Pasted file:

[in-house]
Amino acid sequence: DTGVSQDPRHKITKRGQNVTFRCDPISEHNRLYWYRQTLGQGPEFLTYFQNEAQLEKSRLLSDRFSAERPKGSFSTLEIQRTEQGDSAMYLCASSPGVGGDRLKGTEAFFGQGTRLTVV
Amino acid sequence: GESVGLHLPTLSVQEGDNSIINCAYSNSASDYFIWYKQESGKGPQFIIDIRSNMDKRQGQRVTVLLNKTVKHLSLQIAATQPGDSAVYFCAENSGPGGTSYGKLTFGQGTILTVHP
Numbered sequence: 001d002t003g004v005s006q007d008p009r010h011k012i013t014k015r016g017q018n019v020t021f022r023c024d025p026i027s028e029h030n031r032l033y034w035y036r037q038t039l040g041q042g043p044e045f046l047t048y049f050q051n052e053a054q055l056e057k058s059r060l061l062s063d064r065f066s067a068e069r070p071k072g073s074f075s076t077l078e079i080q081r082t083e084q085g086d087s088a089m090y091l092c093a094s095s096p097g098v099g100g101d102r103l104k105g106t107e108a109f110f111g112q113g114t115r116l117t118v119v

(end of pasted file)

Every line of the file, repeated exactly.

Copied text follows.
[in-house]
Amino acid sequence: DTGVSQDPRHKITKRGQNVTFRCDPISEHNRLYWYRQTLGQGPEFLTYFQNEAQLEKSRLLSDRFSAERPKGSFSTLEIQRTEQGDSAMYLCASSPGVGGDRLKGTEAFFGQGTRLTVV
Amino acid sequence: GESVGLHLPTLSVQEGDNSIINCAYSNSASDYFIWYKQESGKGPQFIIDIRSNMDKRQGQRVTVLLNKTVKHLSLQIAATQPGDSAVYFCAENSGPGGTSYGKLTFGQGTILTVHP
Numbered sequence: 001d002t003g004v005s006q007d008p009r010h011k012i013t014k015r016g017q018n019v020t021f022r023c024d025p026i027s028e029h030n031r032l033y034w035y036r037q038t039l040g041q042g043p044e045f046l047t048y049f050q051n052e053a054q055l056e057k058s059r060l061l062s063d064r065f066s067a068e069r070p071k072g073s074f075s076t077l078e079i080q081r082t083e084q085g086d087s088a089m090y091l092c093a094s095s096p097g098v099g100g101d102r103l104k105g106t107e108a109f110f111g112q113g114t115r116l117t118v119v